All of this would be easy to forget, in the warm hum of predictable jokes, winningly delivered, and a constant stream of outfits that would make Lil Nas X jealous. In fact, the show is primarily remembered for its satisfying romantic plotline (punctuated by Fran’s oft-repeated plea, “Oh, Mister Sheffield!”) and for its fashion. One Instagram account, @whatfranwore, catalogues every outfit Drescher wore on the show; this fashion history project has 318,000 followers. On YouTube, fans have posted compilations of their favorite snarky putdowns.
But these curated forms of fandom remain the primary way to interact with The Nanny. It isn’t streaming on any popular platform and the DVD box set is expensive and more or less retro. Unless you’re a superfan who has been watching the show through dubious online methods since 2008, it’s difficult to find a full episode anywhere. As a casual, nostalgic fan of the show in 2020, It’s far easier to remember Fran’s high camp wardrobe than to recall her constant and anxious labor to maintain the figure necessary to wear it. She has become an aspirational meme, rather than a perpetrator of woman-on-woman fat-shaming crime.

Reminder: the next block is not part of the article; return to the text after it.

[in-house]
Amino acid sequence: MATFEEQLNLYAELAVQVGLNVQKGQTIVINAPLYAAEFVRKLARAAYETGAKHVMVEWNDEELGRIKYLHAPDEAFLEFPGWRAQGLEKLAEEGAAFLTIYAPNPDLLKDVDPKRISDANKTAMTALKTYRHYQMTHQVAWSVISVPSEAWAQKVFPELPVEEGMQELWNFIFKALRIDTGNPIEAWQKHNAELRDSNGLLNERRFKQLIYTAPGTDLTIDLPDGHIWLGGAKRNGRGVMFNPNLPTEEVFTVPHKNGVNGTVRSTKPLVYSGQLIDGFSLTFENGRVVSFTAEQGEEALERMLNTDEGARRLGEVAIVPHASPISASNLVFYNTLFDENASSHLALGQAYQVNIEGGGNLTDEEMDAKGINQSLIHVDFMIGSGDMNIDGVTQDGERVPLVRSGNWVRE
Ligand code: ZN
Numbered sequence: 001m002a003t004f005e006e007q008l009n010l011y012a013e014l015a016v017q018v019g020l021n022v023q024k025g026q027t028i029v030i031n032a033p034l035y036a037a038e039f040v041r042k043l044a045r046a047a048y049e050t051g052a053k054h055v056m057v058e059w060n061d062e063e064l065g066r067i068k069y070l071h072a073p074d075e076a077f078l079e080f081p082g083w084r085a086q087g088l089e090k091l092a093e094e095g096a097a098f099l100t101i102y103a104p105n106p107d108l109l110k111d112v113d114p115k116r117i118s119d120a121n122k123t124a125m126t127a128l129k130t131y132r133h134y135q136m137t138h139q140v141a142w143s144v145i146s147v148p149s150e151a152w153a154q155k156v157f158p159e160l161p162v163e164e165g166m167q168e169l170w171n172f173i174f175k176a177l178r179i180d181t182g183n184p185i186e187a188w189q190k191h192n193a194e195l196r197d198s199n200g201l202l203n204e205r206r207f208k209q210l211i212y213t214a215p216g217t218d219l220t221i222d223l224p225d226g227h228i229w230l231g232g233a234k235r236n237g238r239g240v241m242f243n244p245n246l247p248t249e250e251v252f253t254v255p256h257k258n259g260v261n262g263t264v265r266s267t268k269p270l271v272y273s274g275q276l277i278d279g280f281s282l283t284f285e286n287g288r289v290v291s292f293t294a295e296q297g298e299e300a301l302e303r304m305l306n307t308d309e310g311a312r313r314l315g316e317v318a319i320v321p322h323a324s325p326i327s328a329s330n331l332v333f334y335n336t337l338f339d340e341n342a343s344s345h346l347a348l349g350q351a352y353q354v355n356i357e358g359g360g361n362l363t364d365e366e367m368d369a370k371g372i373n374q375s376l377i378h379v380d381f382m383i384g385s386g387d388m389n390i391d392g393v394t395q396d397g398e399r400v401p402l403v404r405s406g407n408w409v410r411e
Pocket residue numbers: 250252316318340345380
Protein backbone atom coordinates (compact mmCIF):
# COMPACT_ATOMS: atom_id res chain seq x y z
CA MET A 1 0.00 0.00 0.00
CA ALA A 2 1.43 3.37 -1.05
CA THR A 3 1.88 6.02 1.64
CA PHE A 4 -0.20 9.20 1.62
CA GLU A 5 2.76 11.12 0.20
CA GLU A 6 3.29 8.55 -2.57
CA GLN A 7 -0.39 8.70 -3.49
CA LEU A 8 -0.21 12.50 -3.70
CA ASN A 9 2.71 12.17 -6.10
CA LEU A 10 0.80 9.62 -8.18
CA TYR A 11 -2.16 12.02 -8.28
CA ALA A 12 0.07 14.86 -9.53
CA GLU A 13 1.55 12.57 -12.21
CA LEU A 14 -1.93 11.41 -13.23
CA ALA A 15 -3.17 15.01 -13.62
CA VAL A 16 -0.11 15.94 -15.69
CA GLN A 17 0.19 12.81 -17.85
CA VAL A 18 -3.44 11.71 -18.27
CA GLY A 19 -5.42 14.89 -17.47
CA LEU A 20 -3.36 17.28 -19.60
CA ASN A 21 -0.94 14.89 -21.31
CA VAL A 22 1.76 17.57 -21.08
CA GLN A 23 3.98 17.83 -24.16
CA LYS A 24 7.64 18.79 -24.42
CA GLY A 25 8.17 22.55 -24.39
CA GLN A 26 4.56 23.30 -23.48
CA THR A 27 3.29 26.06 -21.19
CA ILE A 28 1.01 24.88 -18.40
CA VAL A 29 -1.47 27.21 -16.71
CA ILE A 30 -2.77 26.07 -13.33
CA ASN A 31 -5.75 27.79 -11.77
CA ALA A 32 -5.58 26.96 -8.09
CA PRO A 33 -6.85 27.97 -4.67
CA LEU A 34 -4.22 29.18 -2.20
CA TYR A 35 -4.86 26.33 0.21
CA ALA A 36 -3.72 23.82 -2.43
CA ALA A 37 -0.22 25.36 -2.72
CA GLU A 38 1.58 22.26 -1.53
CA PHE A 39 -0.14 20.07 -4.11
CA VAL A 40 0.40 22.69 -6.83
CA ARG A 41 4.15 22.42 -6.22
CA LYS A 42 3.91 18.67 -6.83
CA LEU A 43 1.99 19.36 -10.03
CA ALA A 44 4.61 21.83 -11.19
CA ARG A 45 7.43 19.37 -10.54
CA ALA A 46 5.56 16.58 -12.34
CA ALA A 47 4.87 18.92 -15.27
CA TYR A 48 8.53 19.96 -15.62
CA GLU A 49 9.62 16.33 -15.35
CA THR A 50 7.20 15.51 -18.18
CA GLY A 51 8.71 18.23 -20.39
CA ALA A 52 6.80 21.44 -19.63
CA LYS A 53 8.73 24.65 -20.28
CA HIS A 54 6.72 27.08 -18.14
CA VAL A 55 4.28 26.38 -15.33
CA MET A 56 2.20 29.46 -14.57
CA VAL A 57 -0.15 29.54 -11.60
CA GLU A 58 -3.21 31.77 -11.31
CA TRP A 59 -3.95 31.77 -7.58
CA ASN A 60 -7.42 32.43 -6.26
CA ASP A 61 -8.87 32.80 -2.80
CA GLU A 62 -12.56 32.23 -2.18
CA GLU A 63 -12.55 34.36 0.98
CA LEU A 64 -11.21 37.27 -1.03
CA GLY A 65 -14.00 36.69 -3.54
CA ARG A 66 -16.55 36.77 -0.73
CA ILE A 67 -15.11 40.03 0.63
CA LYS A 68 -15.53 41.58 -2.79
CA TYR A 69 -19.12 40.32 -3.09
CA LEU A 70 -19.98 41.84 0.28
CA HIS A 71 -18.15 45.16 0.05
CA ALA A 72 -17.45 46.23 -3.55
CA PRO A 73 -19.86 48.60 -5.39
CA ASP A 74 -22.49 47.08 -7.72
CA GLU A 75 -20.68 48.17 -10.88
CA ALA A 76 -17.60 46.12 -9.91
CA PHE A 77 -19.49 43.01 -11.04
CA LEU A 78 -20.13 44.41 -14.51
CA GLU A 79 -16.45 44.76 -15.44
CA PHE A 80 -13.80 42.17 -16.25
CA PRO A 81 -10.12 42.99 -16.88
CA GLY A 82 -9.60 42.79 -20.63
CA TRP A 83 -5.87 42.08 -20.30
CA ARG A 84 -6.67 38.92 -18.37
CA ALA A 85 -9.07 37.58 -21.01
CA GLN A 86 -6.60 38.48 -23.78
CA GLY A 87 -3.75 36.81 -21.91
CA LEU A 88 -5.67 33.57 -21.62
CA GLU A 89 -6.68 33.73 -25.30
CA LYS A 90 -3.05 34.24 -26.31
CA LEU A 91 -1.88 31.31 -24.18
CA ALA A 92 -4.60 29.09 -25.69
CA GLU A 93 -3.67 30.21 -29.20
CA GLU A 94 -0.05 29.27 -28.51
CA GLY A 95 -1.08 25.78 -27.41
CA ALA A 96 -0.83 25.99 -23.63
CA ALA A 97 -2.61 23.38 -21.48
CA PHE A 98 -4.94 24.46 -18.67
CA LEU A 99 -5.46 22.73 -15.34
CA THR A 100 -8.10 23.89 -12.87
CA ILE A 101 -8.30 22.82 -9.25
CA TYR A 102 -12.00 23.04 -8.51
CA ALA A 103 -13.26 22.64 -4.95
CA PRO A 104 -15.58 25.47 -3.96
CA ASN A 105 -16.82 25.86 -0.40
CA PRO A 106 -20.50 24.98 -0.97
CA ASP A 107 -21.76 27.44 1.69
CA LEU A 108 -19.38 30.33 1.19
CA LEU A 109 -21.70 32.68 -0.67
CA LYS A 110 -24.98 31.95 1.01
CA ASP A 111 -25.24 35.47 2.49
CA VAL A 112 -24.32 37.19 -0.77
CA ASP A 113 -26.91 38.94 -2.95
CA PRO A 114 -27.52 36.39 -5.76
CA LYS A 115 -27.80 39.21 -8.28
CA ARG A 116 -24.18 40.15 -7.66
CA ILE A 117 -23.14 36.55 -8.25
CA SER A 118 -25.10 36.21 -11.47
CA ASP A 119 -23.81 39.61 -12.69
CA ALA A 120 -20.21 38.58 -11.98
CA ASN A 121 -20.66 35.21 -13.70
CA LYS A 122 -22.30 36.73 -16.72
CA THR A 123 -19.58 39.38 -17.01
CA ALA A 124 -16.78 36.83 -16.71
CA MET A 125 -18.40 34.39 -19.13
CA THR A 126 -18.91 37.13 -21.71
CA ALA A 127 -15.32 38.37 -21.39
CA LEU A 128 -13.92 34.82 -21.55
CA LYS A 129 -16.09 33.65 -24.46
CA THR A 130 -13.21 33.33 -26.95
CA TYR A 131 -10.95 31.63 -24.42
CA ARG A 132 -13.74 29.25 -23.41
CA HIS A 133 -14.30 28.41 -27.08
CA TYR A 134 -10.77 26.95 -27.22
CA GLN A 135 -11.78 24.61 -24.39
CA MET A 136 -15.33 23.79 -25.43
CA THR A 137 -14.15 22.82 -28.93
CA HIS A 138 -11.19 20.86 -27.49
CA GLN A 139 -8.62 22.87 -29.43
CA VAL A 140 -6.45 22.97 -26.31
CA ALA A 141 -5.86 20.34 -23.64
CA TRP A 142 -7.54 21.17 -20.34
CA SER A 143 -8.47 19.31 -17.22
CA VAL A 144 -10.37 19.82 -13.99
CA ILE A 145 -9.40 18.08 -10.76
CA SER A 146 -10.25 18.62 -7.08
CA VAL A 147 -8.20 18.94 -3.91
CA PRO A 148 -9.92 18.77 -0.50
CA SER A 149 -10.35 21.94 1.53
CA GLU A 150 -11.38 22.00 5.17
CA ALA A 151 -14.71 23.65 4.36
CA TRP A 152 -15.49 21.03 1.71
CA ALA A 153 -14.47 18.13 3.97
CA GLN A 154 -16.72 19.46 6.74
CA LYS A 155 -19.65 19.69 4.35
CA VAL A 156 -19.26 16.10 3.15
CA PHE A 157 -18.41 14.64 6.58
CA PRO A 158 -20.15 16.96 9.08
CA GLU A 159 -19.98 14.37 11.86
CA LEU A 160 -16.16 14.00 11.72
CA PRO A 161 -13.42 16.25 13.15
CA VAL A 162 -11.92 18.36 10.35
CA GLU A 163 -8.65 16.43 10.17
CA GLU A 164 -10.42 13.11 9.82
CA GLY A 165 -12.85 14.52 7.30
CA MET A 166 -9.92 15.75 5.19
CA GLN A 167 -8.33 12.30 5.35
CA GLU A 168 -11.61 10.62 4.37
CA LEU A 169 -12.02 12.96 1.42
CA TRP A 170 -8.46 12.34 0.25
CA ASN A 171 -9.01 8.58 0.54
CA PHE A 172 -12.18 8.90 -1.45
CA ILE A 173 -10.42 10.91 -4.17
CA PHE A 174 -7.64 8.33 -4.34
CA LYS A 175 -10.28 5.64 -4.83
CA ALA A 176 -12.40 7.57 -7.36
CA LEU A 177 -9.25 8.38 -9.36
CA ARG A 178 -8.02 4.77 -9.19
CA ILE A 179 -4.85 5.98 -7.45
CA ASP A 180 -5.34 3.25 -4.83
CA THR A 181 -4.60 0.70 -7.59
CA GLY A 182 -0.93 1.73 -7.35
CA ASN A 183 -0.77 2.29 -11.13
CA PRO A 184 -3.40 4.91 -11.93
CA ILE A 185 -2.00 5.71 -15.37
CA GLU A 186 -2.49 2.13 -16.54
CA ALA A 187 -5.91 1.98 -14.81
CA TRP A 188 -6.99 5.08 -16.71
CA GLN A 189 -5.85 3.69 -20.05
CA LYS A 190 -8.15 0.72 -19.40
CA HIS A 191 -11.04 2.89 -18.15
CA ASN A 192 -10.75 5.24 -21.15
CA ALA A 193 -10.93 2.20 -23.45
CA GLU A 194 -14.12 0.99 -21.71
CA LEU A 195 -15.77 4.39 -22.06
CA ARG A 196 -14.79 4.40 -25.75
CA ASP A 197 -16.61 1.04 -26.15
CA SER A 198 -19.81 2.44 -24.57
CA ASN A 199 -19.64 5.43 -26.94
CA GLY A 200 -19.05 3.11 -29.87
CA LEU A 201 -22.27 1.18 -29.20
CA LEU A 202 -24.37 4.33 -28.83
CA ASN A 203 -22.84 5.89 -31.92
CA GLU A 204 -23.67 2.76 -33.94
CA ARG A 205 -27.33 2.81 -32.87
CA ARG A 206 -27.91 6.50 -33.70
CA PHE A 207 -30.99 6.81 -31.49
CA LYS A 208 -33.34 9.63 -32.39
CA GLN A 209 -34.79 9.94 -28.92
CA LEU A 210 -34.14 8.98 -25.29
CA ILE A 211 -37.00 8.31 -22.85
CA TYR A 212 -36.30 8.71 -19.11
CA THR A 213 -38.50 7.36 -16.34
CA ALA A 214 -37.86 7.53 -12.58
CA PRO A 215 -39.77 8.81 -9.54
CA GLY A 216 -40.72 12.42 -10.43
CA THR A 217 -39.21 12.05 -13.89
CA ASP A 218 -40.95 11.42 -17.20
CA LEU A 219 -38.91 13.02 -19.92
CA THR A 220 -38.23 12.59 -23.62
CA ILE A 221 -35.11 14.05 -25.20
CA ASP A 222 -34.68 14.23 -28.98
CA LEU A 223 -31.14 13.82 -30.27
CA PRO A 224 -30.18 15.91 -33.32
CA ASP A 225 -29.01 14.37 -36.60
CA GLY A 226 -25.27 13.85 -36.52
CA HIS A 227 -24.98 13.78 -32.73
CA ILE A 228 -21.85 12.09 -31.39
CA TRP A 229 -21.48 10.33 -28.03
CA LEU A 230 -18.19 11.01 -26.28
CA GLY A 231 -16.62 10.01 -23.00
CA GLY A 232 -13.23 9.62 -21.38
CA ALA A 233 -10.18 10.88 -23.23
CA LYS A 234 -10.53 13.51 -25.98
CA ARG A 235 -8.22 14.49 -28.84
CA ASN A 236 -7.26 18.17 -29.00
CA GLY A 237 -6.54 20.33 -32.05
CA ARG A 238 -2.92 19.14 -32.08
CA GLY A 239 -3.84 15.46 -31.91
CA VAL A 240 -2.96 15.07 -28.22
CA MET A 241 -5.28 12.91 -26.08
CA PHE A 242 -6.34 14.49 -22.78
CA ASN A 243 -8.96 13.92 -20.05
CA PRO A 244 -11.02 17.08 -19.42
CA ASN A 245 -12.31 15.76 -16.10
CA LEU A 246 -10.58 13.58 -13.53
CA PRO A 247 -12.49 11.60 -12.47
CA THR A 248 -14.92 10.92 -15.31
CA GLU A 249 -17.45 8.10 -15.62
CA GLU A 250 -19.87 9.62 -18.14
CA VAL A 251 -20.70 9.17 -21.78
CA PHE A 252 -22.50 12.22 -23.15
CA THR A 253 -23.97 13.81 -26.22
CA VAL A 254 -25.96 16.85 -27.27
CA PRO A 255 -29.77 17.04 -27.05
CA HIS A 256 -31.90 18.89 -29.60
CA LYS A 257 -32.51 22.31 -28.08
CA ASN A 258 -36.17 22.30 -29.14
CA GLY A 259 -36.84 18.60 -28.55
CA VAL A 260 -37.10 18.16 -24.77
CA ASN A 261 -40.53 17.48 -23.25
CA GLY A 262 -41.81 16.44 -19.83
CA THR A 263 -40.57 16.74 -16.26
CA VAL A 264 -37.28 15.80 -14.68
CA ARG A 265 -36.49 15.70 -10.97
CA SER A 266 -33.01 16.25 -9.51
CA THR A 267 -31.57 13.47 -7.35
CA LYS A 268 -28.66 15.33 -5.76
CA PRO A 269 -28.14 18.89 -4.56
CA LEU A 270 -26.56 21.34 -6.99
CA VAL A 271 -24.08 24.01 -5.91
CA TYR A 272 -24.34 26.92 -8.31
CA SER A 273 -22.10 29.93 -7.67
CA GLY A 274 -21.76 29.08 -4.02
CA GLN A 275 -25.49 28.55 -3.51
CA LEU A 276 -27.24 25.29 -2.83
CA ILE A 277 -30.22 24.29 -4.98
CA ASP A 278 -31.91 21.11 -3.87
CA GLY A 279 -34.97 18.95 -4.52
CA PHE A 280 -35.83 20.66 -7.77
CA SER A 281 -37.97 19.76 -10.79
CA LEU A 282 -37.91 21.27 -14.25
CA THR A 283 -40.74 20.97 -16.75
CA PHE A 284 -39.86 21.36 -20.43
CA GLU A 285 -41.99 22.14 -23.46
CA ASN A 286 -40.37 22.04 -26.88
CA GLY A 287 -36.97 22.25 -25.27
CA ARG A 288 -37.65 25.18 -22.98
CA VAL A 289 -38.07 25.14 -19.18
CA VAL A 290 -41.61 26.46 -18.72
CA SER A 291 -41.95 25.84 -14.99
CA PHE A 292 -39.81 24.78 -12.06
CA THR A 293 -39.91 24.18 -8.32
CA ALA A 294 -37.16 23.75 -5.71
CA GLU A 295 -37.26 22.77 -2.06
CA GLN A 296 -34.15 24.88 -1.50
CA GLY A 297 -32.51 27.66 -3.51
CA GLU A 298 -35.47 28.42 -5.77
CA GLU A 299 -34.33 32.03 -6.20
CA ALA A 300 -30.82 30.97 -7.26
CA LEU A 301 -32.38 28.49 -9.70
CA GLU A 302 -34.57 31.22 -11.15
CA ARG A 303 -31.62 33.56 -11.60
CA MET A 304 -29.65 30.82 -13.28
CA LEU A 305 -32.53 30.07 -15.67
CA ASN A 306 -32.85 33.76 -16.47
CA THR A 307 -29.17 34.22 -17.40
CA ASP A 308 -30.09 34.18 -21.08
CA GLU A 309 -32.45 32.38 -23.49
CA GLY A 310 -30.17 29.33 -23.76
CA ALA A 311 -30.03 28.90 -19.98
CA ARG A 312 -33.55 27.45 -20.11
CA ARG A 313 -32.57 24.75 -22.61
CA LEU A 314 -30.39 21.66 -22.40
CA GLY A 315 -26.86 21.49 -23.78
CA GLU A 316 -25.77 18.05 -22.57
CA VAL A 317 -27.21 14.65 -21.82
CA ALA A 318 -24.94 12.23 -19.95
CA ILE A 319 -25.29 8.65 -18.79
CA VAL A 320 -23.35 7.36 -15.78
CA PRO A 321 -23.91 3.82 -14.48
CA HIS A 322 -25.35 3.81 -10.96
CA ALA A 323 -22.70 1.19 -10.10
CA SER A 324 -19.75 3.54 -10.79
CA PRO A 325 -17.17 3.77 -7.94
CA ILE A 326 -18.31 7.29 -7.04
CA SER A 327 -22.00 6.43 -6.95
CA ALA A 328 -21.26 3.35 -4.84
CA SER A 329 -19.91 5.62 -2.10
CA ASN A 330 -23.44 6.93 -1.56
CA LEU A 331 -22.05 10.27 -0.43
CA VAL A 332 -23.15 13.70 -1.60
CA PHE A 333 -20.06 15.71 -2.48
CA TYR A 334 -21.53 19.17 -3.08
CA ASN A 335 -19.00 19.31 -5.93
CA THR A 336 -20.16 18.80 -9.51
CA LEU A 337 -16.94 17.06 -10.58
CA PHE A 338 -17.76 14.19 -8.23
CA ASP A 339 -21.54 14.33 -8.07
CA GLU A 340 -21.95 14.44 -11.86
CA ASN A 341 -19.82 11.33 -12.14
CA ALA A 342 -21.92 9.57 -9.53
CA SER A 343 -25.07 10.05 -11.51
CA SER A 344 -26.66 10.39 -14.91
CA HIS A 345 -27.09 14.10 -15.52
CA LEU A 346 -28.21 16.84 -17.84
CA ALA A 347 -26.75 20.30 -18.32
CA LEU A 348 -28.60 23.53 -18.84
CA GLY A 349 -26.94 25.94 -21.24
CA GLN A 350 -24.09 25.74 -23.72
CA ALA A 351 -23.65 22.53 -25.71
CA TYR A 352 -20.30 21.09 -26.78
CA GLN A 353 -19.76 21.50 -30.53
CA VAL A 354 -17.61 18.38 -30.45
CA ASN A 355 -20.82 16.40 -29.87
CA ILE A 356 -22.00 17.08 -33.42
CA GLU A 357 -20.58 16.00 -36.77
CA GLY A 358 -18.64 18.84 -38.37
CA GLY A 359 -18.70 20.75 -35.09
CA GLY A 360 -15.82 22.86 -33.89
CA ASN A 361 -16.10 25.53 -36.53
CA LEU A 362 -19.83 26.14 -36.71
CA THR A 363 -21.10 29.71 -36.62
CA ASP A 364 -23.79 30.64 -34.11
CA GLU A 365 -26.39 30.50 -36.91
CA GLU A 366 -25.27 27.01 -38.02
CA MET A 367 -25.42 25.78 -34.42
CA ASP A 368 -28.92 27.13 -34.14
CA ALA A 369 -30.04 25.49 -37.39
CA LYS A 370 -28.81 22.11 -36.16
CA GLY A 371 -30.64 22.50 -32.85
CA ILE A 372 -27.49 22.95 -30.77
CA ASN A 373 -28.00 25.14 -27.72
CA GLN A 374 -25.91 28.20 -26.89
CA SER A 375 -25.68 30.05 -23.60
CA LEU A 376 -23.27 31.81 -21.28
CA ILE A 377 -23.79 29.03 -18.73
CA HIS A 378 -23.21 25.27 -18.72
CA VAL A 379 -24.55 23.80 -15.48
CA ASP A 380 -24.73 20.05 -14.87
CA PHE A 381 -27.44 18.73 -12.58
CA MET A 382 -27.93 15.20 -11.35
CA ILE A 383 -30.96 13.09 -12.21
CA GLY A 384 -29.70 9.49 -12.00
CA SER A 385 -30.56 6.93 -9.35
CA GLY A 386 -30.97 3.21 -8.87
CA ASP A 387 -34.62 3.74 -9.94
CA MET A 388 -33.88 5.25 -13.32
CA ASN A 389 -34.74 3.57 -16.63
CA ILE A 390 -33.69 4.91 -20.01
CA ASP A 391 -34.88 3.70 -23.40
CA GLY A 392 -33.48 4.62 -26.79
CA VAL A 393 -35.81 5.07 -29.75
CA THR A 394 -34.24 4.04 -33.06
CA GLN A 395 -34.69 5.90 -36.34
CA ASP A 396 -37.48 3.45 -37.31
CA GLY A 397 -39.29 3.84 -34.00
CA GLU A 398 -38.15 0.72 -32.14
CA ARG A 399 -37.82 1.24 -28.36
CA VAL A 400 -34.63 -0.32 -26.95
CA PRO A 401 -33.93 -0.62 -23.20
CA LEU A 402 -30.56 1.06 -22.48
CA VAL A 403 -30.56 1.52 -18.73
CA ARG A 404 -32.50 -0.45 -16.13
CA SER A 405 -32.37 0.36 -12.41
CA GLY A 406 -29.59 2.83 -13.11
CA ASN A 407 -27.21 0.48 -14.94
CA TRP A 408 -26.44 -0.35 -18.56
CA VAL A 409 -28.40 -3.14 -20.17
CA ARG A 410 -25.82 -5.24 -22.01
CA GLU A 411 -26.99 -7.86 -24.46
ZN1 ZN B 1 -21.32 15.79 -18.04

Because of our selective social media memory, it’s a fraught endeavor to critique a 25-year-old TV show for regressive attitudes. Despite the fact that critiquing 25-year-old TV shows has become a cottage industry in online media analysis, without streaming access, our memory of a piece of nostalgia television remains hazy. When beloved shows become widely available through streaming, we watch them with the much-altered critical perspective of 2020.